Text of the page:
I was kinda’ nervous which was unusual for me and it freaked me out. So I tried again. “I meant, here’s a little something to use to take out your frustrations in your new life.”
Oh man. That wasn’t right either.
I tried one more time, “Oh, you know when you have a bad day at your new school and want to strangle your students, you can use this instead.” I cringed.
My teacher stared at me. “I don’t know what you are talking about, Beatrice. I’m never frustrated with my students.” He smiled at the rest of the class and ignored me.
I felt different on the inside of myself. Kinda’ smart aleck-y, but I didn’t know why. Maybe I was way too excited or nervous or awkward? When I am, I do dumb things to cover. It was how I felt that day. I wanted to sound grown up and cool and in charge, but I said three super dumb things to my teacher.
But I did more than say three dumb things.
When Edmund and I were wrapping the tennis racket, Edmund’s pet ferret, Bernie, got loose from Edmund’s clutches and darted around my room. We were so busy screaming at Bernie that while trying to catch him, I guess my big fat foot accidentally pushed the box with the tennis racket under my bed. I picked up the other identical box with my new swimming suit, matching flip flops and the package of new panties and wrapped it instead.
Yes, you read it right: it was the box containing my new bikini swimming suit, matching flip flops and the new panties.
NEW PANTIES! NEW PANTIES!
But see, I didn’t know it was the wrong box because I wasn’t looking at my teacher when he finally opened the last box. I was busy picking up the left over wrapping paper.
Somebody whispered, “Beatrice, you left the price tag on the box.”
“Embarrassing,” another snickered.
THE PRICE TAG WAS SHOWING. THE STUPID PRICE TAG WAS STILL ON THE PRESENT.
I looked up and before I knew it, Bumbling Bea quipped, “There’s the price tag. It shows you how much we like you and I wanted you to know all us chipped in for it.”
Again with the dumb statements!
My teacher opened the box and there was no tennis racket.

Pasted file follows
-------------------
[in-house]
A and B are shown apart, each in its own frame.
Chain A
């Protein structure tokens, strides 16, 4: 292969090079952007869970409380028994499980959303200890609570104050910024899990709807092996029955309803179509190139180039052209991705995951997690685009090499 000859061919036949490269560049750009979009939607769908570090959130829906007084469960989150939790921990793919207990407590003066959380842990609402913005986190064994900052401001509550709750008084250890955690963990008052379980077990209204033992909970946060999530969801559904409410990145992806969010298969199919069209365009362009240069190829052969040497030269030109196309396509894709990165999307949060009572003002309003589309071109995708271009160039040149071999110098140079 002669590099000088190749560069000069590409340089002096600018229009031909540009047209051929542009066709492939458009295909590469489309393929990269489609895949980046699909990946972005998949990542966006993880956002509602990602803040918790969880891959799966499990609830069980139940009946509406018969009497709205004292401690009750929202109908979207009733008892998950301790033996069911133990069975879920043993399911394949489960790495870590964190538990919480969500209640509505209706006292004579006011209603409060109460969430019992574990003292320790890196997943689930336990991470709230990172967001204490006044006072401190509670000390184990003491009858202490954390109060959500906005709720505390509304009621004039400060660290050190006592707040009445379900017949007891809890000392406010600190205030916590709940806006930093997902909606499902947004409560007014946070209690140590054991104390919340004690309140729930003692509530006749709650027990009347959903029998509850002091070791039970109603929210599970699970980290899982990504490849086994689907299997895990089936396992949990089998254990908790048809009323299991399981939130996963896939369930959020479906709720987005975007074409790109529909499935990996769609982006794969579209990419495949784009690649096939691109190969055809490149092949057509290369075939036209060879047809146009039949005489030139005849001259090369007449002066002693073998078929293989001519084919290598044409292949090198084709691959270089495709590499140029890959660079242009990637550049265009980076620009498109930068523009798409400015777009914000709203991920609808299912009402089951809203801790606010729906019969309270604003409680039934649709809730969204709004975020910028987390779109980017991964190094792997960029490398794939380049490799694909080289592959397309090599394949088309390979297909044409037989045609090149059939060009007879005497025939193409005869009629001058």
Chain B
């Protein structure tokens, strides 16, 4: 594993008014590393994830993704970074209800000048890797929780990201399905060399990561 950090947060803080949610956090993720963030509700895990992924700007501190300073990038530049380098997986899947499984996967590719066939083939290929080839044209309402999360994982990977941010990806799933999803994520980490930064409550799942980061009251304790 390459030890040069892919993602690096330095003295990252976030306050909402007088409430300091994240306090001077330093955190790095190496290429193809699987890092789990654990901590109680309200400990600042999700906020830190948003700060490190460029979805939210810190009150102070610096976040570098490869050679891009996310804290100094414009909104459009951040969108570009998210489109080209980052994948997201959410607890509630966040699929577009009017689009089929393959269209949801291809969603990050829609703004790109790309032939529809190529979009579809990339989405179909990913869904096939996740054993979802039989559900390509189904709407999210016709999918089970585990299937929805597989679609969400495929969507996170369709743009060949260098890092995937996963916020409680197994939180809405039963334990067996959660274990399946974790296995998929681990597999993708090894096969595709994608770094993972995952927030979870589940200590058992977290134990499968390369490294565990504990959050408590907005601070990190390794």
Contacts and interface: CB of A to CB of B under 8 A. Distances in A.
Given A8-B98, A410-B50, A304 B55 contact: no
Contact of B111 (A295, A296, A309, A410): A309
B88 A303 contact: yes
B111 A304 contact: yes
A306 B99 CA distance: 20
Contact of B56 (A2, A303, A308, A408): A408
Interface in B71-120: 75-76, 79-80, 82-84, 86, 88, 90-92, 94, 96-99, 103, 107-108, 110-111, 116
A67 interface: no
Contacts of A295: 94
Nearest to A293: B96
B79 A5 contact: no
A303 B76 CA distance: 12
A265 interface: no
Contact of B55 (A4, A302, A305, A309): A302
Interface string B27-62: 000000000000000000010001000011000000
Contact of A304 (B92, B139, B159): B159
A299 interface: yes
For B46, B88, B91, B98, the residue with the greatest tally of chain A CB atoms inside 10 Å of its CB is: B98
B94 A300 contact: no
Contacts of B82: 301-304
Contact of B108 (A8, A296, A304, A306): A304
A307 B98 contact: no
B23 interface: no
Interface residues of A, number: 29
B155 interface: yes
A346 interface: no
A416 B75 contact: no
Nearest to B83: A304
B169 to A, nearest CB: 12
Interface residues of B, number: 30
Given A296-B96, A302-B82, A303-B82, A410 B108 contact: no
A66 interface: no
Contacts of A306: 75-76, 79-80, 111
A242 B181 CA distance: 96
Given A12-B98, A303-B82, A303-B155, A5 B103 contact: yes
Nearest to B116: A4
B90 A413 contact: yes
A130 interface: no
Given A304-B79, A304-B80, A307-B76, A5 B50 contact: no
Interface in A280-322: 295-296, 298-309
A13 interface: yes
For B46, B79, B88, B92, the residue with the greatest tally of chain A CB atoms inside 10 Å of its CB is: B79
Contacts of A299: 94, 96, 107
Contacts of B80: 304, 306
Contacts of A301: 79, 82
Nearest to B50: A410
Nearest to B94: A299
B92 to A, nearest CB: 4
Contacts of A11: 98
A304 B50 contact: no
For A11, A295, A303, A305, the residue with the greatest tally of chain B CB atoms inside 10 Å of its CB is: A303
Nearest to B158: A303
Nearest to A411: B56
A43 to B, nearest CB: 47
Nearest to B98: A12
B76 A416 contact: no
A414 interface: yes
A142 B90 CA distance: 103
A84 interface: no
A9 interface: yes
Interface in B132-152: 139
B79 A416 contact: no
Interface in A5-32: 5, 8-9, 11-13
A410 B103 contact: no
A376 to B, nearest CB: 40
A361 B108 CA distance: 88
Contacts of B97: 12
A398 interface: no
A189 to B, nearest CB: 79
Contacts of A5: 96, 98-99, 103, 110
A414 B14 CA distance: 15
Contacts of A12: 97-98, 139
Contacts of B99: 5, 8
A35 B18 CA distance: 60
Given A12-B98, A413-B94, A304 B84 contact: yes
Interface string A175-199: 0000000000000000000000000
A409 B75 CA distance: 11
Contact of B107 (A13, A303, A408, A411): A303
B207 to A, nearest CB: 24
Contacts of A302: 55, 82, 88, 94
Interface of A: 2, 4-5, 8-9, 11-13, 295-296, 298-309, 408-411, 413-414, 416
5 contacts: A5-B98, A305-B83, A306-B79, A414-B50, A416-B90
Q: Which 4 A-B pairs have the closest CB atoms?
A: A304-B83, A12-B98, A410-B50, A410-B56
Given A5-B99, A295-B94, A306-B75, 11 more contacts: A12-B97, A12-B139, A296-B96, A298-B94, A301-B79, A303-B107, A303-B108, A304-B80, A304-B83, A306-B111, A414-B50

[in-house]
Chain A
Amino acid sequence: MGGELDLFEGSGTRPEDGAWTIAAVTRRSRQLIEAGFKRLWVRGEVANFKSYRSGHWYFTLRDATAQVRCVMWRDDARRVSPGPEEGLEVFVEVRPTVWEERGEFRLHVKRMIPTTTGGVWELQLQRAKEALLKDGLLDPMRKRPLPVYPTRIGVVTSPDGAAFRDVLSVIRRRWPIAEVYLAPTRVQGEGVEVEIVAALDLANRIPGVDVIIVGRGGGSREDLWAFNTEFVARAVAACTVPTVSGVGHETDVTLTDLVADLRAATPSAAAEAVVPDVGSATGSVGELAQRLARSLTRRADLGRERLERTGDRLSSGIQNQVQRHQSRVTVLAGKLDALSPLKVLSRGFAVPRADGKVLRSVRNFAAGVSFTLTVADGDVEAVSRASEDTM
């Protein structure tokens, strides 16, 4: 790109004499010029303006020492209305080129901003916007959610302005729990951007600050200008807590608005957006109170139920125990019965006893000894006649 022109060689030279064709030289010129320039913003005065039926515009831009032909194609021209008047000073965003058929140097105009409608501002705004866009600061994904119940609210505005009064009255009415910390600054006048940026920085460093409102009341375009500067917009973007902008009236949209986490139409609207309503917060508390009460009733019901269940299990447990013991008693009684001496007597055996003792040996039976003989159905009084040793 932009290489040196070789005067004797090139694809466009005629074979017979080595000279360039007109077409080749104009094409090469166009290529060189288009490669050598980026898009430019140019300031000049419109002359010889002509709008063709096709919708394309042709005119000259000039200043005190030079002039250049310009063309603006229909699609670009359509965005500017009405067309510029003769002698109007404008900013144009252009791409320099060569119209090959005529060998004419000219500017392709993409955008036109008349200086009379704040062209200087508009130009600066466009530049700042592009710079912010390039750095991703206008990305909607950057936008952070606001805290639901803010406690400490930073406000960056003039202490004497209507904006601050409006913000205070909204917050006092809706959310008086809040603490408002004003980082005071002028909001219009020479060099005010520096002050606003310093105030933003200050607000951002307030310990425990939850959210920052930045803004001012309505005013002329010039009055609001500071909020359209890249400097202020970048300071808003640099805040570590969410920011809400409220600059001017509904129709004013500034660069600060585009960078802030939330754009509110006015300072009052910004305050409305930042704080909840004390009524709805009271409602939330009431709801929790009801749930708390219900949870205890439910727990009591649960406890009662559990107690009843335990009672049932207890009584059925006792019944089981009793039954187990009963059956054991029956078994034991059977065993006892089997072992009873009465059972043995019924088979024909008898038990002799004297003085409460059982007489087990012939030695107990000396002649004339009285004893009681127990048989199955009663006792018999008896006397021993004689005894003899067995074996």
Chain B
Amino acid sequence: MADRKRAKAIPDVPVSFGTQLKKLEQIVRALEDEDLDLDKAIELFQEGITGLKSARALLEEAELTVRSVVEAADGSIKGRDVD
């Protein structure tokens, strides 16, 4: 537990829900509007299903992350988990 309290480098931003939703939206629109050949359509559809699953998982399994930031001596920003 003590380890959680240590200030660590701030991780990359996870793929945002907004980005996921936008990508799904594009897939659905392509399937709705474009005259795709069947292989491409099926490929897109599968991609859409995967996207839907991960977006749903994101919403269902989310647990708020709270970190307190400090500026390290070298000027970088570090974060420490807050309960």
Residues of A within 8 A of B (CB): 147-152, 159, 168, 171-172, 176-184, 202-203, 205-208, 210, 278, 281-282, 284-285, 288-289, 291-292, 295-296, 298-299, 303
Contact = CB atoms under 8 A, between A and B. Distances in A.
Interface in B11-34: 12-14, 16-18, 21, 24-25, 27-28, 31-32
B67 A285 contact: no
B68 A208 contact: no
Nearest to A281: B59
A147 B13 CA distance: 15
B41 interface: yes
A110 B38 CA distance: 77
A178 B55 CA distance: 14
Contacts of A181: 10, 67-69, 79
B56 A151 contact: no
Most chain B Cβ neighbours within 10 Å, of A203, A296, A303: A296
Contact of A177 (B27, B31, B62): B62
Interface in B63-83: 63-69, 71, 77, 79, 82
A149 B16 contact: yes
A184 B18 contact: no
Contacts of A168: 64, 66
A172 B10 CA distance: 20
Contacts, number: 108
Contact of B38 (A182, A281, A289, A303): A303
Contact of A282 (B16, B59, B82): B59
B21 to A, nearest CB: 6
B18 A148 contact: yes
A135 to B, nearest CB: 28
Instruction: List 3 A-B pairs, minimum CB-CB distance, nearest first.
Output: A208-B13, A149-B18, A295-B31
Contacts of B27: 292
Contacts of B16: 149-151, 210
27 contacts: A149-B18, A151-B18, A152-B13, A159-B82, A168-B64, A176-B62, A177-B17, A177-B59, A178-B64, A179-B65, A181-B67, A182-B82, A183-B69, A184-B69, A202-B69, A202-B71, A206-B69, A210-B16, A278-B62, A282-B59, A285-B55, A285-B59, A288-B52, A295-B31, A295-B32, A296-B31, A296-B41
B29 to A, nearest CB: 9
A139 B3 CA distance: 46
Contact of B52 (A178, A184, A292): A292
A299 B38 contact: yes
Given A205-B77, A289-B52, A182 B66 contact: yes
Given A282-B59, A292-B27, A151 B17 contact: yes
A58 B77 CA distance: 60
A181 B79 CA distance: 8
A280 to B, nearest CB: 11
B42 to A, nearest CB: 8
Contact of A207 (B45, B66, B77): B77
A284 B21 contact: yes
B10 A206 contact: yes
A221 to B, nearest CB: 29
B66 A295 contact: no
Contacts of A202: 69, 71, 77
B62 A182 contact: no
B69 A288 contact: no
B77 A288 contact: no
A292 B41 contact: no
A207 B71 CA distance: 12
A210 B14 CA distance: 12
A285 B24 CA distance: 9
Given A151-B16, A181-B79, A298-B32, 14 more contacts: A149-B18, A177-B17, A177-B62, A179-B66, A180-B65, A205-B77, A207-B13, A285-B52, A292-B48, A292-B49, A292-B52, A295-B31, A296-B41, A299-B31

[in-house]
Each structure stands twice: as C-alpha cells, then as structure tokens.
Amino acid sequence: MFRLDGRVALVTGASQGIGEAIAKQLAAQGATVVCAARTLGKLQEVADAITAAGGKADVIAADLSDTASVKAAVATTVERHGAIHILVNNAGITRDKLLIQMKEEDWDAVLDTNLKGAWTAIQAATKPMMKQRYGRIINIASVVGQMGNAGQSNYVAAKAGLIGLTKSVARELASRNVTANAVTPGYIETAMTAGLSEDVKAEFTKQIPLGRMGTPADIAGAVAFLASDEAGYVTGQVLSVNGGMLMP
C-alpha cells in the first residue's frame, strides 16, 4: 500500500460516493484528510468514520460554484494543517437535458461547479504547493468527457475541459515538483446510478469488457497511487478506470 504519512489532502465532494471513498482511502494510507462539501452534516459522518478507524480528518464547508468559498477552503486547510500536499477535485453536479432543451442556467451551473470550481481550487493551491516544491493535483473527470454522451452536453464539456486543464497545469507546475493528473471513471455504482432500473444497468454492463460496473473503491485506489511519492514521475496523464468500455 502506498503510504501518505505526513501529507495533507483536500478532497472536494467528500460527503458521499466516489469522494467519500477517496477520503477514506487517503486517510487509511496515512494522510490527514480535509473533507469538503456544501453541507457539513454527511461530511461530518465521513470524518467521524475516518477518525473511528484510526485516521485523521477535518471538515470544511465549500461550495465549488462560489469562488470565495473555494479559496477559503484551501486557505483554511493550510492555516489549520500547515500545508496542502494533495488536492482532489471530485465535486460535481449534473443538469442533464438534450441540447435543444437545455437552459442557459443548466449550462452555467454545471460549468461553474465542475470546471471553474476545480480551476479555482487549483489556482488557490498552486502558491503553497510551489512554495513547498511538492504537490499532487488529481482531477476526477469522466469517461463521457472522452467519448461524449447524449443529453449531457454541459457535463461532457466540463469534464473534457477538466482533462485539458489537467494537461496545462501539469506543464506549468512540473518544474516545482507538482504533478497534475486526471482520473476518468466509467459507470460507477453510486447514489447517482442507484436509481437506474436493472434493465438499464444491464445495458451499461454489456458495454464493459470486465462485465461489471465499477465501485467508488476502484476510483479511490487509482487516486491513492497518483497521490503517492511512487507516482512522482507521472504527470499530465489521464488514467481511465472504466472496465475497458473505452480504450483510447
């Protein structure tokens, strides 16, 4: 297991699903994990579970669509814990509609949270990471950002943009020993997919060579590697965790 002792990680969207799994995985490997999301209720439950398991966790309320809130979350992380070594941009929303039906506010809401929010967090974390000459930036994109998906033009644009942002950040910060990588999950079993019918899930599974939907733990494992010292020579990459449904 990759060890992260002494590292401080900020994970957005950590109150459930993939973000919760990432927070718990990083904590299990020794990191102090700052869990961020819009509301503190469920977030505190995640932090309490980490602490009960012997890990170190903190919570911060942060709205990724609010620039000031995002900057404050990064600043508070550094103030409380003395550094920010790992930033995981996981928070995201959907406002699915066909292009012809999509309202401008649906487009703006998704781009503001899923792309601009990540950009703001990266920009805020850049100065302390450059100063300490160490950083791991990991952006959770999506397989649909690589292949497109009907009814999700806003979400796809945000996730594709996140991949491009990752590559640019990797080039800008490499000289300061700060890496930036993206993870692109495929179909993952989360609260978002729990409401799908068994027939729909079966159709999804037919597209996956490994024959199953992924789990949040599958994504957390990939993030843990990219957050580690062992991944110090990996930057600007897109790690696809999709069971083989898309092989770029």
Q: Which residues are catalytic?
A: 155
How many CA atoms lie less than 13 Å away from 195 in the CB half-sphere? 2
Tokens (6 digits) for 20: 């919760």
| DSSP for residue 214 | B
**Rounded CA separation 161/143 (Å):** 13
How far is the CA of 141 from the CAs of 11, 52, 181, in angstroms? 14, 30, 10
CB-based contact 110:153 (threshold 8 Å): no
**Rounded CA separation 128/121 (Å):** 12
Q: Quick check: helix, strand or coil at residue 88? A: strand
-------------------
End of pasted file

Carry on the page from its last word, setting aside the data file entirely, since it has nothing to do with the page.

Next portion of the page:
BUT, there they were: the panties. Oh, the swimming suit and flip flops were there too, but all I saw were the PANTIES. It was as if they grew from a regular size to the size of a goal post on a football field. HUGE.
I stammered, “What? How did those get in there?”
My confused teacher said something to me, but the whole class was laughing so loudly I couldn’t hear him. I grabbed back the box and ran out of class and hid in the girls’ bathroom.
People called me “Panties” for days afterward until my mother heard them one too many times and threatened to call their parents.
Later I got the right present to my teacher but by then every kind of damage had already been done and I still forgot to take the price tag off the stupid present. I gave up.
Peter said later in the summer he saw my teacher hitting balls with our present tennis racket out on the court. He was back in town visiting his mother or something. I guess he hit one ball a little too hard, because the tennis racket’s webbing unraveled and when it fell to the ground, the handle fell apart, too.
Yup. Bumbling Bea steps into my skin right at the wrong time. Lately, there are more times she appears than I have until a crazy girl who wore cat ears visited from Japan. She made me see what I was doing by taking on my bumble-bea-ness herself. It’s all a little scary when you think about it.
Contact me at Dhcbaldwin@gmail.com or DeborahBaldwin.net
Purchase my book, Bumbling Bea on Amazon at: https://www.amazon.com/Bumbling-Bea-Deborah-Baldwin/dp/1500390356/ref=tmm_pap_swatch_0?_encoding=UTF8&qid=&sr=
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Michiko slapped her script and blurted,” Ms. Phillips this script is inaccurate. This is a mistake. Pocahontas did not wear any clothes when John Smith met her. She was naked.”
The whole cast broke out in fits of laughter. The fifth graders were no longer bored and several turned bright red in the face. Peter’s eyes were about the size of a Frisbee when he choked out, “What?”
Ms.Phillips shushed the cast, “Yes, I know, Michiko. But I don’t think that would go over very well in a middle school. Sometimes we have to bend the facts of history just a little to make it theatre friendly and acceptable to the public.
I heard Peter mutter, “Oh man. That was close for a second.”
Purchase a copy of my award winning book, Bumbling Bea at https://www.amazon.com/Bumbling-Bea-Deborah-Baldwin/dp/1500390356